one time i had to get strict with my domain manager because he wanted to put in my assessment record that i dont diligently attempt to resolve issues before sending it to other department.

if they come back to me again, i'll try portions of what you suggested.

@firerat: screen prints of gzip in action would probably be convincing.

Last edited by schneidz; 09-13-2013 at 02:35 PM.
 
Old 09-13-2013, 02:55 PM   #5
TB0ne
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Quote:
Originally Posted by schneidz View Post
@tb0ne: that would likely get us to a solution. but it kinda' makes me look like i am not the expert which would maybe look bad during my quarterly review.

one time i had to get strict with my domain manager because he wanted to put in my assessment record that i dont diligently attempt to resolve issues before sending it to other department. if they come back to me again, i'll try portions of what you suggested.
Well, I don't know your environment, but if that's the case, then be polite, but direct. TELL THEM they're wrong, and tell them you can prove it, and be sure to do it in front of your boss. If they push back, you'll easily be able to prove they're wrong. If they don't, ask them why they've said xx times you can't (and again, be SURE to bring printouts of the emails). Either way, it'll go back to their lack of knowledge, and their lack of cooperation, and won't land at your feet.
Quote:
@firerat: screen prints of gzip in action would probably be convincing.
Agreed...and the man pages to boot, showing how you can zip/unzip a file. I'd also grab one of the gzipp'ed files and perform your edits on it, and prove that it can be done (printouts, etc.)

If they don't want to do that, tell them you know a consultant that will be happy to tackle the job for $1000. I'll split it with you.
 
Old 09-13-2013, 03:01 PM   #6
dugan
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"Let me show you."
 
Old 09-13-2013, 03:02 PM   #7
Firerat
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actually

does this all happen over email?

email is ok, but if I ever need to really get my point across,. I pick up the phone
so much faster.

then you just 'sum-up' over email
 
Old 09-13-2013, 03:07 PM   #8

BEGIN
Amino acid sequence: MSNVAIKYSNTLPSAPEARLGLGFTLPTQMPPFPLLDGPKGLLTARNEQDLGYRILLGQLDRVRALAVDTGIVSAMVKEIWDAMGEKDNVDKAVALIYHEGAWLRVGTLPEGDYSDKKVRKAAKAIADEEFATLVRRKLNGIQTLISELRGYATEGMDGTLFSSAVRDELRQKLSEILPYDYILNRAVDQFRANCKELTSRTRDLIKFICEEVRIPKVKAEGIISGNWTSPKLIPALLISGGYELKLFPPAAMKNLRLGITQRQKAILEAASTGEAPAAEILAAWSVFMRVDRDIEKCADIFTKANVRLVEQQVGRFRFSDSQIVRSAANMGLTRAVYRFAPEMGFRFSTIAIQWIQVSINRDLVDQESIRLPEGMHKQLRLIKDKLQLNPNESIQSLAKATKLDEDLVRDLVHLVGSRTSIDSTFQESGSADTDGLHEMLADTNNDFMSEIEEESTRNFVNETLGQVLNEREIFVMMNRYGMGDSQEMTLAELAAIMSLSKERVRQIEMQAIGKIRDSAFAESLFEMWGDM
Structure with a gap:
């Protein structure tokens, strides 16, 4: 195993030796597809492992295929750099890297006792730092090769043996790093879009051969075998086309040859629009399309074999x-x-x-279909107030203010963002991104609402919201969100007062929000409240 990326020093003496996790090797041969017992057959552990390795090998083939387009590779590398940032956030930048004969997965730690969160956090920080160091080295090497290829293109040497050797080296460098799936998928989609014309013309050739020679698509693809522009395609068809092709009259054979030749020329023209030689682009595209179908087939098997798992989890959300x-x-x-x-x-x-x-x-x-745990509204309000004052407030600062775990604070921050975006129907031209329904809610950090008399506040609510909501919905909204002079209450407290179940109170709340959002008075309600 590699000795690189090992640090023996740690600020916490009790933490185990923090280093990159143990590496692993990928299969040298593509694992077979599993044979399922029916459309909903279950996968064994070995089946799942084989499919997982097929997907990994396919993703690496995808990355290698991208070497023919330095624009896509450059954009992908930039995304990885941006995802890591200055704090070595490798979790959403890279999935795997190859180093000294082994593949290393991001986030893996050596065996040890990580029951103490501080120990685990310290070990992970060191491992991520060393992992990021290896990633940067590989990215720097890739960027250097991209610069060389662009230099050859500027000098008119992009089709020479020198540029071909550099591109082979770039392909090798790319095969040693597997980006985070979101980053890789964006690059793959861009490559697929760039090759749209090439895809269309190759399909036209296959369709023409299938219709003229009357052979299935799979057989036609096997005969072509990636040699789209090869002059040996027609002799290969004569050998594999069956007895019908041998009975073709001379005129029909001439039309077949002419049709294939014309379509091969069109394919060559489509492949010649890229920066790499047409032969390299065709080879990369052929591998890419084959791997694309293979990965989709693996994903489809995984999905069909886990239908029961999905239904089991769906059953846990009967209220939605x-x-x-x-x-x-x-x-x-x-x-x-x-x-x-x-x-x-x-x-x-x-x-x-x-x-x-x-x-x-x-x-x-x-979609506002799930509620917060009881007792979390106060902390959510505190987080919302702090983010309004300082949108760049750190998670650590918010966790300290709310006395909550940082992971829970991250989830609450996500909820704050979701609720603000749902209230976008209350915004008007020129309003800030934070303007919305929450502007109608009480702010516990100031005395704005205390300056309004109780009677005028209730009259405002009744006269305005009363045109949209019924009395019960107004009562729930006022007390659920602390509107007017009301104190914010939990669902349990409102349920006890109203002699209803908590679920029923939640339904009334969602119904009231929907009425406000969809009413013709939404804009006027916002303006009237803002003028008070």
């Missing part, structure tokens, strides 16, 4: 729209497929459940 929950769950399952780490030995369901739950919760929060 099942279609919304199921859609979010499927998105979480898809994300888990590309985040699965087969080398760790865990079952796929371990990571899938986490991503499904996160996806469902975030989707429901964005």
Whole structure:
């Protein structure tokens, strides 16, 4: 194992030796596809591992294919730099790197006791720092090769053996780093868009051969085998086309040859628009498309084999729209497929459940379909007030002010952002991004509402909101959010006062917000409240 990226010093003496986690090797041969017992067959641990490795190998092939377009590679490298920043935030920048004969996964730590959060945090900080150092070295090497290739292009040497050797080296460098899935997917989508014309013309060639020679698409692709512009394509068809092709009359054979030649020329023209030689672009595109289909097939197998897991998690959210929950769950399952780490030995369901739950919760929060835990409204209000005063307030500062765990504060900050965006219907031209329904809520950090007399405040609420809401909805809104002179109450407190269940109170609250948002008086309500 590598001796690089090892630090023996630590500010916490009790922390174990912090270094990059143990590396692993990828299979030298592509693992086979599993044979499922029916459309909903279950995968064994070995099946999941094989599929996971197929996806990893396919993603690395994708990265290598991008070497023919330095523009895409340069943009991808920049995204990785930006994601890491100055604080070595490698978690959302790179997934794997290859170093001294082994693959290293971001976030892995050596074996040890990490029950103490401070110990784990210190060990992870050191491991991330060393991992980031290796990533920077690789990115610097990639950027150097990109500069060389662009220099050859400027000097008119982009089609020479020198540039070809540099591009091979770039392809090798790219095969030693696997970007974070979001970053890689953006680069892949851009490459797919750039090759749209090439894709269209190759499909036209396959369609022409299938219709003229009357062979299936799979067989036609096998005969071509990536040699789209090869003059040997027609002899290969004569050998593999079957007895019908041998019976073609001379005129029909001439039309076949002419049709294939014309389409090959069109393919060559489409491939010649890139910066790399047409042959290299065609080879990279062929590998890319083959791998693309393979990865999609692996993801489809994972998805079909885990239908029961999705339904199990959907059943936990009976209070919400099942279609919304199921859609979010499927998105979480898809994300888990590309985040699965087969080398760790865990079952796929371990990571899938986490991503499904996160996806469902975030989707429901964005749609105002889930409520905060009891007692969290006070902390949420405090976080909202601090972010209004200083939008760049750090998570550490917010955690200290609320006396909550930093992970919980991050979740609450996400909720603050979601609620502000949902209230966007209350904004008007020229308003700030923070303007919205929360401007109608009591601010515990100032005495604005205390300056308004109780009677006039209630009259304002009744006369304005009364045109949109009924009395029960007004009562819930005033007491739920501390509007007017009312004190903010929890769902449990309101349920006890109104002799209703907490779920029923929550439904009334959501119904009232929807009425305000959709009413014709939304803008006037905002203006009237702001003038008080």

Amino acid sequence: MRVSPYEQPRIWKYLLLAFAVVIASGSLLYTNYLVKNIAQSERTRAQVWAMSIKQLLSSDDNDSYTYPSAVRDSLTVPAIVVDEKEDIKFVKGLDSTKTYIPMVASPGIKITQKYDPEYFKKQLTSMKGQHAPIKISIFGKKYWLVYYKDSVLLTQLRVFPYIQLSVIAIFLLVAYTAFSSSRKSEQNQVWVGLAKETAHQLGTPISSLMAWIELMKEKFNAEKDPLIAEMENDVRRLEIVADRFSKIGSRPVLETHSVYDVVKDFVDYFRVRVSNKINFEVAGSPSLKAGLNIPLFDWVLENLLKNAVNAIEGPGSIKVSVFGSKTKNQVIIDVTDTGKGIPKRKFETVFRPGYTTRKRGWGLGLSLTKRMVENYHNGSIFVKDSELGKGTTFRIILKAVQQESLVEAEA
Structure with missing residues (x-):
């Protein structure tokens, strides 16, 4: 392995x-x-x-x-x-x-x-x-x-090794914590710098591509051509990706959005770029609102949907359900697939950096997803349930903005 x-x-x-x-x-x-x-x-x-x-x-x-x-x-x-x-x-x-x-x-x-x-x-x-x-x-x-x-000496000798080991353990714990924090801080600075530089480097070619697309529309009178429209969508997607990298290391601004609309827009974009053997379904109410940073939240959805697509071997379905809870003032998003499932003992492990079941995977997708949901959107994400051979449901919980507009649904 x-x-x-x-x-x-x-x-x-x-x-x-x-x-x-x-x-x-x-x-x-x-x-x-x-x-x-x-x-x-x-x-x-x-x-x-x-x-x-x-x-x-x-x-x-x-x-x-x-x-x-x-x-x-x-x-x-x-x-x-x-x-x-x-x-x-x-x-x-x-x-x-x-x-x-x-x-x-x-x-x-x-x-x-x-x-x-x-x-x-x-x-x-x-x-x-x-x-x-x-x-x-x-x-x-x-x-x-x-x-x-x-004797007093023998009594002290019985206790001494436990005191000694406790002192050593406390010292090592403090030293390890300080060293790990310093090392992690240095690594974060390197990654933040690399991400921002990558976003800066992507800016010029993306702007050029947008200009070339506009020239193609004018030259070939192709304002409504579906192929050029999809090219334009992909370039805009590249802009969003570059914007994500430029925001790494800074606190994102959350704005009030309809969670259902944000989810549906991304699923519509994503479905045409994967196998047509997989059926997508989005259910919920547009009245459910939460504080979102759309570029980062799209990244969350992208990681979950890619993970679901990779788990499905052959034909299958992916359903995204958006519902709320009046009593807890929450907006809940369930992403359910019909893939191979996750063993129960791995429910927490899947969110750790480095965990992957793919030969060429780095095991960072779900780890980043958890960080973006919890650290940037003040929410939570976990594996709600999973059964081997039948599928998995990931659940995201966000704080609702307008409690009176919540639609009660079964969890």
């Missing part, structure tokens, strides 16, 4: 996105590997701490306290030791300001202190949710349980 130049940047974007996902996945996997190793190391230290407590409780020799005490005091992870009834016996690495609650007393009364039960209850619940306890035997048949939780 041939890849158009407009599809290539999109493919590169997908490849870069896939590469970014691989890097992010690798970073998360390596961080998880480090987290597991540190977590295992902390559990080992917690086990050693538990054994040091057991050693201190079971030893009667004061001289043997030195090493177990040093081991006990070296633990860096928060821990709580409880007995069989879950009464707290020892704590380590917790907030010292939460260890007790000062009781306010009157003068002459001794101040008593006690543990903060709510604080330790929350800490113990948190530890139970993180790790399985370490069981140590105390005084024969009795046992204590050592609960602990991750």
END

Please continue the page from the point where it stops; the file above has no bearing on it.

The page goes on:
schneidz
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yeah. email is easier because i dont like to talk to the humans. also they are at remote sites so it makes it harder to look over someones shoulder.
 
Old 09-13-2013, 03:29 PM   #9
Firerat
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yeah, I hated talking on the phone, still do to some extent.
I needed a job and got one in customer services, which was 95% on the phone.. that kind of cured me
I later did the Supplier Returns side of things, most of that was email but when I needed to chase them down the Phone was my tool of choice.. Wasn't me on the phone, I just played various characters.
chilled out "yeah no problem, whenever you can" to stern "that is just not good enough!"

enough of my pitiful CV..

I see that remote may mean different time zone, so perhaps not an option.

my tip for Phones, don't workout what you are going to say ( analysis paralysis )
just do it, if you know what you are talking about.. you have nothing to worry about.. after all, you know what you are talking about.
 
Old 09-14-2013, 12:02 AM   #10
schneidz
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i remember recently i had a discussion with one of my managers. he mentioned that the mainframes are still needed because the sun systems are not capable of handling the processing loads. since most managers/directors have that type of mentality, then the organization will never experiment with the configuration of the servers and measuring thoroughput since they already know that the mainframes have better performance.
 
Old 09-14-2013, 02:35 AM   #11
AnanthaP
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Whatever you do, you should have no expectations about teaching the consultant how to do it right.

So what do you do? I would tell the consultant to send me the original (presumably uncorrupted) zip files and work with the files they contain.

Points point for you to note.